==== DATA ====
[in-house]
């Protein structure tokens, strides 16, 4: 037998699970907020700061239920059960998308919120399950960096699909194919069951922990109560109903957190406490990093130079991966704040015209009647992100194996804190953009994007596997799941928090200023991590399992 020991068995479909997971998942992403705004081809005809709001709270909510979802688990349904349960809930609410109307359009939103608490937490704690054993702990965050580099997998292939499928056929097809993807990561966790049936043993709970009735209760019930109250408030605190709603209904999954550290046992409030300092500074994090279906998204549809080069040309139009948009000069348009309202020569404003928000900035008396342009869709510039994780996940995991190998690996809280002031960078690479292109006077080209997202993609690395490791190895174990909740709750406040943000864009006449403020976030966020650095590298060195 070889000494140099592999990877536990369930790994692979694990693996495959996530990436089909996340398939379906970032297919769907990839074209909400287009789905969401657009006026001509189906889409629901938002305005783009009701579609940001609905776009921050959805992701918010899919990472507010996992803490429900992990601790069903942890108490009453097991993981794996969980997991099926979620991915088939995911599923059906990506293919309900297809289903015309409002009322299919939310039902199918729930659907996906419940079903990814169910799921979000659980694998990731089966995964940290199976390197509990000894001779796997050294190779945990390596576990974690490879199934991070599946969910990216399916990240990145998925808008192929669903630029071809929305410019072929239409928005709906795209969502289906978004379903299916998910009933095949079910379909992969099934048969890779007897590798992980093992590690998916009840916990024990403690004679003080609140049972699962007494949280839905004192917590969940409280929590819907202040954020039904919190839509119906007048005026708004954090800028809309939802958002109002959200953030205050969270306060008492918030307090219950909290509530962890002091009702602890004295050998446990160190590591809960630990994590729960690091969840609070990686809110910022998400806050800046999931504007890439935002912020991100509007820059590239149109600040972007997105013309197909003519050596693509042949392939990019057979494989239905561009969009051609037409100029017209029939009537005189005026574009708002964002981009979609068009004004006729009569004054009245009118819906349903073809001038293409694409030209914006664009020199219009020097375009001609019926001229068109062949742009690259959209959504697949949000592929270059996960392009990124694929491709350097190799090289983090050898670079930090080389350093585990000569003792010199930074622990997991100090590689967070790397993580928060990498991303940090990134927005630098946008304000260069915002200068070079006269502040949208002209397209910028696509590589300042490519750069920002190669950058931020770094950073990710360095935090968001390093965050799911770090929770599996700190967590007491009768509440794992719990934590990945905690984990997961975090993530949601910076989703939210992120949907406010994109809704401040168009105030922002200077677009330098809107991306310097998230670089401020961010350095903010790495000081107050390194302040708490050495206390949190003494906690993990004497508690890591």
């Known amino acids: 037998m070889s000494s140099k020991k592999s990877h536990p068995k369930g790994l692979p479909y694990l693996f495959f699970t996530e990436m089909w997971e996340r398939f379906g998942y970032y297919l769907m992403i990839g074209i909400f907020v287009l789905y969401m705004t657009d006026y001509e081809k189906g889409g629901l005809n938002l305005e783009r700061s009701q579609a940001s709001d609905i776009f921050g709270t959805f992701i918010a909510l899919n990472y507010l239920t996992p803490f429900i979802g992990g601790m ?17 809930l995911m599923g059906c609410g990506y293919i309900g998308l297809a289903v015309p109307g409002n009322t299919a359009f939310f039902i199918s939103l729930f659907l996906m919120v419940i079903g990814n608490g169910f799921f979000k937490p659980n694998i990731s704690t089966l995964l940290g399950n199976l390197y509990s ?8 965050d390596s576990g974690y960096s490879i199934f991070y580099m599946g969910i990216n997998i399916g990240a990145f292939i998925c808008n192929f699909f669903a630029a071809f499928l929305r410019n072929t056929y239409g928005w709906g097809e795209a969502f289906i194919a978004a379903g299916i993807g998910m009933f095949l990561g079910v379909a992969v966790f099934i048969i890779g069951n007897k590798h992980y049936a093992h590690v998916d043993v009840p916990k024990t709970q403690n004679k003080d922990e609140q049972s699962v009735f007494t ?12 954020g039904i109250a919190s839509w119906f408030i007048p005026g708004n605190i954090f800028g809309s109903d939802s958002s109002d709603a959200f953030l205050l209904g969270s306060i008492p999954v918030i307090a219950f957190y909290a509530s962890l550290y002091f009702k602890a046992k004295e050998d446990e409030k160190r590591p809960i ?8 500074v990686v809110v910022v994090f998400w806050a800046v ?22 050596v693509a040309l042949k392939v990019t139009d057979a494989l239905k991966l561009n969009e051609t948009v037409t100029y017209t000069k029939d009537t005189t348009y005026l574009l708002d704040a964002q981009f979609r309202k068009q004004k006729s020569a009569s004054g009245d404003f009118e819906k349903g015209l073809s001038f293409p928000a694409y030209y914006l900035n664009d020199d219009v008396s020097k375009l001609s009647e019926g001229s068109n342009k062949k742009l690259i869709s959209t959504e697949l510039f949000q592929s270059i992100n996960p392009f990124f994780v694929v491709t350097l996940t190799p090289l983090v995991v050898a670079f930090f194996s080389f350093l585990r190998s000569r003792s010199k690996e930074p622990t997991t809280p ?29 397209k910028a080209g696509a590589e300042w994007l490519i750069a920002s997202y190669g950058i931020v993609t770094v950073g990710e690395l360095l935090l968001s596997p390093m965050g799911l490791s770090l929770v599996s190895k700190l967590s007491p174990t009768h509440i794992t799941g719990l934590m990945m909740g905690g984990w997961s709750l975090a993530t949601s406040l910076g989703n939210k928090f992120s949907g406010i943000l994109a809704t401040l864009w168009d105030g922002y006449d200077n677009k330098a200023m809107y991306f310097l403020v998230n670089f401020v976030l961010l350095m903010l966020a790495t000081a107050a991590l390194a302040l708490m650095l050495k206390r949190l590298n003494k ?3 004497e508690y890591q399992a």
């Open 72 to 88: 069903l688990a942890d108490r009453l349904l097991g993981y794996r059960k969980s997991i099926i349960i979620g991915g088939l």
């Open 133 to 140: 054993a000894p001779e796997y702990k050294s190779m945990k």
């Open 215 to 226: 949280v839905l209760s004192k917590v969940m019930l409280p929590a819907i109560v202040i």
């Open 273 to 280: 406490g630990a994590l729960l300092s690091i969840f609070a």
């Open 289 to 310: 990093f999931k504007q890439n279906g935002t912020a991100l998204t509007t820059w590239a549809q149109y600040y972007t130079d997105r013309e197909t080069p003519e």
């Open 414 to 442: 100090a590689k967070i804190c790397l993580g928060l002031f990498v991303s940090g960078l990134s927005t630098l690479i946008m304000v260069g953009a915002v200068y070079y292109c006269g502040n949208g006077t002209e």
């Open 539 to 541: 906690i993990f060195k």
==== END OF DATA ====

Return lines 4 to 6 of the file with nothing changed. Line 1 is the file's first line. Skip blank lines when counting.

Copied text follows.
């Open 72 to 88: 069903l688990a942890d108490r009453l349904l097991g993981y794996r059960k969980s997991i099926i349960i979620g991915g088939l």
């Open 133 to 140: 054993a000894p001779e796997y702990k050294s190779m945990k």
């Open 215 to 226: 949280v839905l209760s004192k917590v969940m019930l409280p929590a819907i109560v202040i």